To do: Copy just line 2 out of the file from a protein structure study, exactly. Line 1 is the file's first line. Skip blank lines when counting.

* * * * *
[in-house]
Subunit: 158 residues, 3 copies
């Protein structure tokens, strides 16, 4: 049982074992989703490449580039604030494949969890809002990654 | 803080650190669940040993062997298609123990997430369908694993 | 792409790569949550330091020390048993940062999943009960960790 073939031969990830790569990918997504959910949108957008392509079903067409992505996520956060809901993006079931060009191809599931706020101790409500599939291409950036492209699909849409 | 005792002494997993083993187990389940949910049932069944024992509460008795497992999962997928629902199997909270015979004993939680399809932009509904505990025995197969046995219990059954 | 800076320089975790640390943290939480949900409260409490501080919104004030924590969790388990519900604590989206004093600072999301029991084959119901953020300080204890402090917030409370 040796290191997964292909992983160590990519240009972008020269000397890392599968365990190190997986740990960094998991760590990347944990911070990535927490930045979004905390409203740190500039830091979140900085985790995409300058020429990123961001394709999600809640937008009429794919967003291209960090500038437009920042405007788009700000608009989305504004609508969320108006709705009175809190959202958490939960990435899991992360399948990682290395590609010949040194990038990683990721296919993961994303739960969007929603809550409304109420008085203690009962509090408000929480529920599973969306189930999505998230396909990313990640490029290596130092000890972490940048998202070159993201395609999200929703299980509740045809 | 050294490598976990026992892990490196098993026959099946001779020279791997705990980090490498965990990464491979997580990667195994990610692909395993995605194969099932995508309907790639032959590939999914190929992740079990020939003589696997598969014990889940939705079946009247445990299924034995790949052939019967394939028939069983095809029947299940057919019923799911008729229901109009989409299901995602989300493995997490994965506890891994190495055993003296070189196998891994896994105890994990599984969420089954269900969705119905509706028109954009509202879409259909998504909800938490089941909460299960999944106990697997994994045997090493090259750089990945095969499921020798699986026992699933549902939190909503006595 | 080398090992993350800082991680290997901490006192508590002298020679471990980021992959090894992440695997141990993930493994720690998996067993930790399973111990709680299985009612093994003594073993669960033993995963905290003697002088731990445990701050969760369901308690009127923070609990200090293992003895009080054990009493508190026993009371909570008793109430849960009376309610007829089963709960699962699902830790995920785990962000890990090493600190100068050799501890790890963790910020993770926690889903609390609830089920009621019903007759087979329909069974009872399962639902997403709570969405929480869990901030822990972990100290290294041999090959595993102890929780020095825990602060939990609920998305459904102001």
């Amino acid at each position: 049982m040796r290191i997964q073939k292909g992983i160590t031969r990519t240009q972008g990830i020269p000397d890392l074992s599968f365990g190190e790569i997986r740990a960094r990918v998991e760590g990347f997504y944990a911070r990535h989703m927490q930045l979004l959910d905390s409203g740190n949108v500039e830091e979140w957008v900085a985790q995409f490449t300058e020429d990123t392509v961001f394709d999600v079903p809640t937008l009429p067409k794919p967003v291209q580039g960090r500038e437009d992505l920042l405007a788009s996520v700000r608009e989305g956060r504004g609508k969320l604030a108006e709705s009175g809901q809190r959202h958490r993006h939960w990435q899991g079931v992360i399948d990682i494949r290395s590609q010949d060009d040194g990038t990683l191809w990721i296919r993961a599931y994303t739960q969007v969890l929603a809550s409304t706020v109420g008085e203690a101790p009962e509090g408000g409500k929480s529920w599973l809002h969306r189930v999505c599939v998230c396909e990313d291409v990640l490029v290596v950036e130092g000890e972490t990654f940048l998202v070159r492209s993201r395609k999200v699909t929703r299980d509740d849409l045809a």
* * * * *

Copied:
Subunit: 158 residues, 3 copies